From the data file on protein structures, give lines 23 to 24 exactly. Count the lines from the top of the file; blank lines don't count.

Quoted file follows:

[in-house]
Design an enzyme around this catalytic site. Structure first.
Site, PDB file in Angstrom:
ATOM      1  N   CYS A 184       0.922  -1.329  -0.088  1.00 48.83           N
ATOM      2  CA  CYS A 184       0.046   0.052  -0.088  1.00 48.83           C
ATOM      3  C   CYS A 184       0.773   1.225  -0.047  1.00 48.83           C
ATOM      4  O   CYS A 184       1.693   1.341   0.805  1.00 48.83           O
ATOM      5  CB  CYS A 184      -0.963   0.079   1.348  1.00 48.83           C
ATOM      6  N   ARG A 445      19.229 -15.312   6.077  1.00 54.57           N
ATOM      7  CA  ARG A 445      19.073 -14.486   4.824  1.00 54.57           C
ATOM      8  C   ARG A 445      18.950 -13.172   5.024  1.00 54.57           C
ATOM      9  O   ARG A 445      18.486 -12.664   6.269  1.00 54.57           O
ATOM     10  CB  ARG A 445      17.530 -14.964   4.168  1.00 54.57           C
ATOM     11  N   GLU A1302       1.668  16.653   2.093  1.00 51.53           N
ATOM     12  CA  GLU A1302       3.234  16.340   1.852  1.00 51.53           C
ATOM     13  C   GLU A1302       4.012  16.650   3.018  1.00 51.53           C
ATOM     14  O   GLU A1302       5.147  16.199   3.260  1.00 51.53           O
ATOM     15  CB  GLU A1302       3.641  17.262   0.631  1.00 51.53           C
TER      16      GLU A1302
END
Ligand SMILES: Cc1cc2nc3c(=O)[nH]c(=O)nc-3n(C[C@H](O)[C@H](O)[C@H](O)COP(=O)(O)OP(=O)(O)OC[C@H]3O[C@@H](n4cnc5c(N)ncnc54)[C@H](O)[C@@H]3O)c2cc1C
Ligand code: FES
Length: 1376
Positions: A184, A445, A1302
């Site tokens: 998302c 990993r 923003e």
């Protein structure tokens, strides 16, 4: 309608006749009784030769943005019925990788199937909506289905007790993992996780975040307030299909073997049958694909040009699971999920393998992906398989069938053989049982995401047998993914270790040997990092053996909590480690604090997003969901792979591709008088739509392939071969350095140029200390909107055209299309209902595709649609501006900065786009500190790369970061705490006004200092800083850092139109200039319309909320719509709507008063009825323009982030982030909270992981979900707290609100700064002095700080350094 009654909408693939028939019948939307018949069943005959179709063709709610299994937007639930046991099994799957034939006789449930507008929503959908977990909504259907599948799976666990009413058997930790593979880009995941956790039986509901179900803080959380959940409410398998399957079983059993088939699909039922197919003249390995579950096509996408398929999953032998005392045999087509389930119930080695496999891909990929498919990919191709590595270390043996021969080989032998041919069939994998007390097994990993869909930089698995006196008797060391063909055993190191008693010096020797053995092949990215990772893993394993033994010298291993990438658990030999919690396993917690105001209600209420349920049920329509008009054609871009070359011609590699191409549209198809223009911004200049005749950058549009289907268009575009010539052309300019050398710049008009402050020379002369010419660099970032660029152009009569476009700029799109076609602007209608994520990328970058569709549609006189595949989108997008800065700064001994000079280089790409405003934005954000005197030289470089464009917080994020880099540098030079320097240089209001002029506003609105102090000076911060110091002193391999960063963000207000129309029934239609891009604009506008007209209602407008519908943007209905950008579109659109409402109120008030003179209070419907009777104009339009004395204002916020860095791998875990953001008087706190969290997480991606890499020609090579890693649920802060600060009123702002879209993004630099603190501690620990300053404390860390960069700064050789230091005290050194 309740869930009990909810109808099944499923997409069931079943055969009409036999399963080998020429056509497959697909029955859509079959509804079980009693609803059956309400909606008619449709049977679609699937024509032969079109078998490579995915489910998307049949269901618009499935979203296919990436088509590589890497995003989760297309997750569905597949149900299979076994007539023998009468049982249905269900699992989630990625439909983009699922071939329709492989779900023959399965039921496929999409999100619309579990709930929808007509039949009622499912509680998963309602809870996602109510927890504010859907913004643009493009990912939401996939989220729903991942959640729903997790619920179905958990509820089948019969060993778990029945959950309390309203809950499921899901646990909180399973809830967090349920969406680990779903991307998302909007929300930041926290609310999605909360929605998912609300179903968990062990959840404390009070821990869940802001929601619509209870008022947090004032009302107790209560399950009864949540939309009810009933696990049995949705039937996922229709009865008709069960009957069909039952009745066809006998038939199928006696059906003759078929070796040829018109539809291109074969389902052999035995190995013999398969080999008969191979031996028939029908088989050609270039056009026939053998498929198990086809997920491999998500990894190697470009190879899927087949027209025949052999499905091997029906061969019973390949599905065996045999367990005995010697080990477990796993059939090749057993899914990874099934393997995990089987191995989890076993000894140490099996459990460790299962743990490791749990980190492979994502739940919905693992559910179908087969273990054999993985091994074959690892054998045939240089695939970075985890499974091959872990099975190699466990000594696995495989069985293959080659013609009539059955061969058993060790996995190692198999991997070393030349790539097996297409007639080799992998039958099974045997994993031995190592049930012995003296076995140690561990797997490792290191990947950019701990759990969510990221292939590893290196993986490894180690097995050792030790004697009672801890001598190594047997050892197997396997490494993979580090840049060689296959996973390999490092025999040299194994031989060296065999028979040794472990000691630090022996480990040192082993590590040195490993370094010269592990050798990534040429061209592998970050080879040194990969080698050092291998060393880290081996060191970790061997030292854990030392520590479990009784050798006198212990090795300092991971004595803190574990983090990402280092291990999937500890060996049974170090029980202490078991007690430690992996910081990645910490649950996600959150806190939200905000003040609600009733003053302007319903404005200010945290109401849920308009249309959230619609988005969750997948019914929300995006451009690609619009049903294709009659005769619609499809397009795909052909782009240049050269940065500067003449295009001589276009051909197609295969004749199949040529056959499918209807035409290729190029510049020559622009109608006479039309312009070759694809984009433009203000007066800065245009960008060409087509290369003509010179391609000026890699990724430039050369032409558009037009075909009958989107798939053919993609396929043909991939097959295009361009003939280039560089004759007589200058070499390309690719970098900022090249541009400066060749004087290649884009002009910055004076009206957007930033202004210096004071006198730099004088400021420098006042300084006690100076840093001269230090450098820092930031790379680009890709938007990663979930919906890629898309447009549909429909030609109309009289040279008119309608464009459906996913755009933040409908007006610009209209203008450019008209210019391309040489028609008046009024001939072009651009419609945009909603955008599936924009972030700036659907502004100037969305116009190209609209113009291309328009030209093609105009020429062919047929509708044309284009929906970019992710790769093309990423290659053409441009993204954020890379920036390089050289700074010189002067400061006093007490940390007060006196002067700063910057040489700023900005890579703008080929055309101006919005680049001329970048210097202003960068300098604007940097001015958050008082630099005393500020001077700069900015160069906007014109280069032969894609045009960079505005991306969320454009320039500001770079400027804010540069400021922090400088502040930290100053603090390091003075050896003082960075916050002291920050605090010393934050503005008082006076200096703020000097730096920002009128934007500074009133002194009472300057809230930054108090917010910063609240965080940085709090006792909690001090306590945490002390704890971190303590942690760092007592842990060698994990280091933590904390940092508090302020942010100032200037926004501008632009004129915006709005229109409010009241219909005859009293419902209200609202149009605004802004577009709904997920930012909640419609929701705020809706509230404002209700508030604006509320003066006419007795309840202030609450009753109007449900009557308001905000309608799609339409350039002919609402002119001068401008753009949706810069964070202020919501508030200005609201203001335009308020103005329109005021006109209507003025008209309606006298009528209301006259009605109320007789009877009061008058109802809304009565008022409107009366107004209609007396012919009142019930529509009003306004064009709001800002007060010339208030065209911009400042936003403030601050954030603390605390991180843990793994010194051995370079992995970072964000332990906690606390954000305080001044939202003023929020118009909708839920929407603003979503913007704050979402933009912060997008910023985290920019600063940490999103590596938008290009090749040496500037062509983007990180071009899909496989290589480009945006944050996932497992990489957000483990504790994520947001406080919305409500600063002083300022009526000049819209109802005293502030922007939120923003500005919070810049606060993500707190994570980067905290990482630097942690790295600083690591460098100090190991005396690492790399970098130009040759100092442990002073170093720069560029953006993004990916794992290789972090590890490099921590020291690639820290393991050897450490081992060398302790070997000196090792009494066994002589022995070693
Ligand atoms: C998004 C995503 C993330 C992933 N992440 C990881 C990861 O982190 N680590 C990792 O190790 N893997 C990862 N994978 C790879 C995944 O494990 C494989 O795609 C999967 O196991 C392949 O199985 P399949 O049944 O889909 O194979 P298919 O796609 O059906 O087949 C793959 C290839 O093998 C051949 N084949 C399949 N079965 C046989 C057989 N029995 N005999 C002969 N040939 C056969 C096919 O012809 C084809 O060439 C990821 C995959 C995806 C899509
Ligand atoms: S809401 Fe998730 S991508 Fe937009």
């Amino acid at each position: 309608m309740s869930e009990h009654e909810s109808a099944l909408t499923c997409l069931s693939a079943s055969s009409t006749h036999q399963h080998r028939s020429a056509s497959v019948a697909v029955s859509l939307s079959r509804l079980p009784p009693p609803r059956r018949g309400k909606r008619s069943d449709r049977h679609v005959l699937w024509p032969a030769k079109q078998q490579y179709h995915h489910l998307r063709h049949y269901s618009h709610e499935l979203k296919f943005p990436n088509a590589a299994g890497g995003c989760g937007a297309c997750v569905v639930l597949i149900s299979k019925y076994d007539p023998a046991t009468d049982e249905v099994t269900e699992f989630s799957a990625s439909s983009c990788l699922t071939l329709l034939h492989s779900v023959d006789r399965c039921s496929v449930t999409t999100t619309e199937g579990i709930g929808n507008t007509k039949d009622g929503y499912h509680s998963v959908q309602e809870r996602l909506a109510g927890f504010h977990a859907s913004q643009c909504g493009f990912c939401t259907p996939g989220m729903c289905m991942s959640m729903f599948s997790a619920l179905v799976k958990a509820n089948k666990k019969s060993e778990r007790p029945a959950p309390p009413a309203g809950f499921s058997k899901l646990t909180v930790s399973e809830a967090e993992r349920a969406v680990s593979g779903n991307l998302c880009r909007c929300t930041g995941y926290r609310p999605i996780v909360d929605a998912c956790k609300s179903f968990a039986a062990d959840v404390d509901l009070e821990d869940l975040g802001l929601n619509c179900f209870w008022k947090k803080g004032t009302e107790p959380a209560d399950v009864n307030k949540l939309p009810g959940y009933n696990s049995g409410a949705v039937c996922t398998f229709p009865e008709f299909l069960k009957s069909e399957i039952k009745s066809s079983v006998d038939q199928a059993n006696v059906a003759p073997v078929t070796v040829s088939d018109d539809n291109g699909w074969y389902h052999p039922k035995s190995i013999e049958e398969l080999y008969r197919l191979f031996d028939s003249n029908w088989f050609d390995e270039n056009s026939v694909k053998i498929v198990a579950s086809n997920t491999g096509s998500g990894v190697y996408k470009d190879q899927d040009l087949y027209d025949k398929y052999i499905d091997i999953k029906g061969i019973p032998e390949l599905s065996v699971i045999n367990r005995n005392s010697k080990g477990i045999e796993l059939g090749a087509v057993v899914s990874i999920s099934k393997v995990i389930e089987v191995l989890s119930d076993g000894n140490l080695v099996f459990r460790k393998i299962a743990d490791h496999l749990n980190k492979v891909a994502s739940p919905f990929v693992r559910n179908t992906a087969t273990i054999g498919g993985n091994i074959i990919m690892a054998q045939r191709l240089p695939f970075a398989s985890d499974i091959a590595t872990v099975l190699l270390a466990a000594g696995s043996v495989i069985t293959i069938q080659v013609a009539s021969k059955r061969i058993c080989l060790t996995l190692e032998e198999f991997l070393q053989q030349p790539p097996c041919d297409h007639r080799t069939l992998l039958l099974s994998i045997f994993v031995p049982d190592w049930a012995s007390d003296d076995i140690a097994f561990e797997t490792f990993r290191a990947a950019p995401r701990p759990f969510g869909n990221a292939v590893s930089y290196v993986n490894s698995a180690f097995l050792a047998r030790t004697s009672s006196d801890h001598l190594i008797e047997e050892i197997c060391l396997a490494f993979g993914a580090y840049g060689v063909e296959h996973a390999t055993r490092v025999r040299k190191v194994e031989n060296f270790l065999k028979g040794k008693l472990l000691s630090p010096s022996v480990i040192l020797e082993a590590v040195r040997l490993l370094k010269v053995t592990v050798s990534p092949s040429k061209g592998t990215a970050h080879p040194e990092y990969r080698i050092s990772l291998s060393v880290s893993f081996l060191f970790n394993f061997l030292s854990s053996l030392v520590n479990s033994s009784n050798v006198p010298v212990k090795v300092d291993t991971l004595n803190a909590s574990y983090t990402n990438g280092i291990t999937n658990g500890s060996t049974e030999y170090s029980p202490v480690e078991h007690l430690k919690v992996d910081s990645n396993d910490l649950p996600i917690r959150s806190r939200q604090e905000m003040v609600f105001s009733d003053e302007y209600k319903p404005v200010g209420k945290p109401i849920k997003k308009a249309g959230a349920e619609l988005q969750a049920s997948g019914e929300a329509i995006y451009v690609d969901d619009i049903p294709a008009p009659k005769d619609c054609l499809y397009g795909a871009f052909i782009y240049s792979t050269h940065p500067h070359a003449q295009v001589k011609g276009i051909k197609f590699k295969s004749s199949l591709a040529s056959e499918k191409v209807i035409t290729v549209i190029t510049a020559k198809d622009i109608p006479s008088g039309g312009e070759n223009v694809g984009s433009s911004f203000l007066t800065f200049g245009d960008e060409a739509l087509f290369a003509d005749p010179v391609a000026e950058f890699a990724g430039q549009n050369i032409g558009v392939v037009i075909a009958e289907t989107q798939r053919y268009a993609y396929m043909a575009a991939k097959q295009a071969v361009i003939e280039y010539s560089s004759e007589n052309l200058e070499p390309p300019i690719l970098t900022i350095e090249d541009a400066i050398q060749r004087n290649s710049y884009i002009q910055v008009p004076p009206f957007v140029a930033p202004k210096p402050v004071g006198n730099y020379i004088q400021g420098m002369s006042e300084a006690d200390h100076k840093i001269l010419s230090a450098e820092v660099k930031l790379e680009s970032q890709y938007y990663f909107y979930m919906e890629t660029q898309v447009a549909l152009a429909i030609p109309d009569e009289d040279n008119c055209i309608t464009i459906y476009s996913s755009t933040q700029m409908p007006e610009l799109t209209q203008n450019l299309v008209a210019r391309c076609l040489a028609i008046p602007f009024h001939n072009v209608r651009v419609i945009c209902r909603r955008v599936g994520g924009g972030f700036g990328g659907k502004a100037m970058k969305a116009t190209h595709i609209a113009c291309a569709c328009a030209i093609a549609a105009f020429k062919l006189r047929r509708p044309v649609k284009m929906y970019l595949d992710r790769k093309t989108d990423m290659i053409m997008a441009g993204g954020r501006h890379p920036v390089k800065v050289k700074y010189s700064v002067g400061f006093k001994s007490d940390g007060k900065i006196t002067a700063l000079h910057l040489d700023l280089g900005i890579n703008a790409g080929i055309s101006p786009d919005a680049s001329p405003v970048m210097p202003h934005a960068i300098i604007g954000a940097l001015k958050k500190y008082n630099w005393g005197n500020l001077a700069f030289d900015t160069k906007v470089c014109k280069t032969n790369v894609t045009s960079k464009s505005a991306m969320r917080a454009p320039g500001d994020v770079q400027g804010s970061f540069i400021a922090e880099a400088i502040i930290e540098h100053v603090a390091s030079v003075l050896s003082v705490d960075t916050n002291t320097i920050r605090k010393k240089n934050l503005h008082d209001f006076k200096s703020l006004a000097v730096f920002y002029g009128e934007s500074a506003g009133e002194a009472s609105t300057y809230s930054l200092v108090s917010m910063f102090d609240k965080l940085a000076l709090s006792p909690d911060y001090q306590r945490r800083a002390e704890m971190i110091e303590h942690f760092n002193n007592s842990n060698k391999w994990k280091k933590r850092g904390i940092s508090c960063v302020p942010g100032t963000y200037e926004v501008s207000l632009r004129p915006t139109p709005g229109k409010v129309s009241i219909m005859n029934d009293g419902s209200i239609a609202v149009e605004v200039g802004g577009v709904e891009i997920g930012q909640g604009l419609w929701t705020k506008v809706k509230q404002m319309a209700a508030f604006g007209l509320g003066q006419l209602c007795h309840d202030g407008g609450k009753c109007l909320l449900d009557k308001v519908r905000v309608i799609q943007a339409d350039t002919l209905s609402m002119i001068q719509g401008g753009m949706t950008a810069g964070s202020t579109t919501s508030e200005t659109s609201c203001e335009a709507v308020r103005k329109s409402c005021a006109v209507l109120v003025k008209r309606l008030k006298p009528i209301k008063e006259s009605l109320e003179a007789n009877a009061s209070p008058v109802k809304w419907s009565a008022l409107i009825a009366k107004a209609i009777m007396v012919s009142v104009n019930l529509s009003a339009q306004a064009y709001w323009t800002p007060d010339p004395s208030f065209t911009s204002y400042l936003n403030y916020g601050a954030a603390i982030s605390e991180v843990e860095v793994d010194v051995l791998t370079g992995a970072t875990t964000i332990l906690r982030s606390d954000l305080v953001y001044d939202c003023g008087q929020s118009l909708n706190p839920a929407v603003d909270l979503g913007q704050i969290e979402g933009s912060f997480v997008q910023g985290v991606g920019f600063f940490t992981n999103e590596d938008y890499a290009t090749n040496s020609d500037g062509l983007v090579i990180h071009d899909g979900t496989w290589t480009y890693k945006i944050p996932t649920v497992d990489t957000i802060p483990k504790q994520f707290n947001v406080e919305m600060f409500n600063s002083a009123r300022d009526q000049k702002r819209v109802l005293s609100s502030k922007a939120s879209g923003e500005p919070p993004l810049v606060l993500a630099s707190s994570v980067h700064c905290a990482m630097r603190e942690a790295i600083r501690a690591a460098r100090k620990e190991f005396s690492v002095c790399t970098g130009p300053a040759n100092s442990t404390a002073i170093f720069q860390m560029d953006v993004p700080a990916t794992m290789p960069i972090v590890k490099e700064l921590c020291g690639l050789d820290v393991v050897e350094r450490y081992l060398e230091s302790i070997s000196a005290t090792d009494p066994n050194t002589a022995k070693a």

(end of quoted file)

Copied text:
Length: 1376
Positions: A184, A445, A1302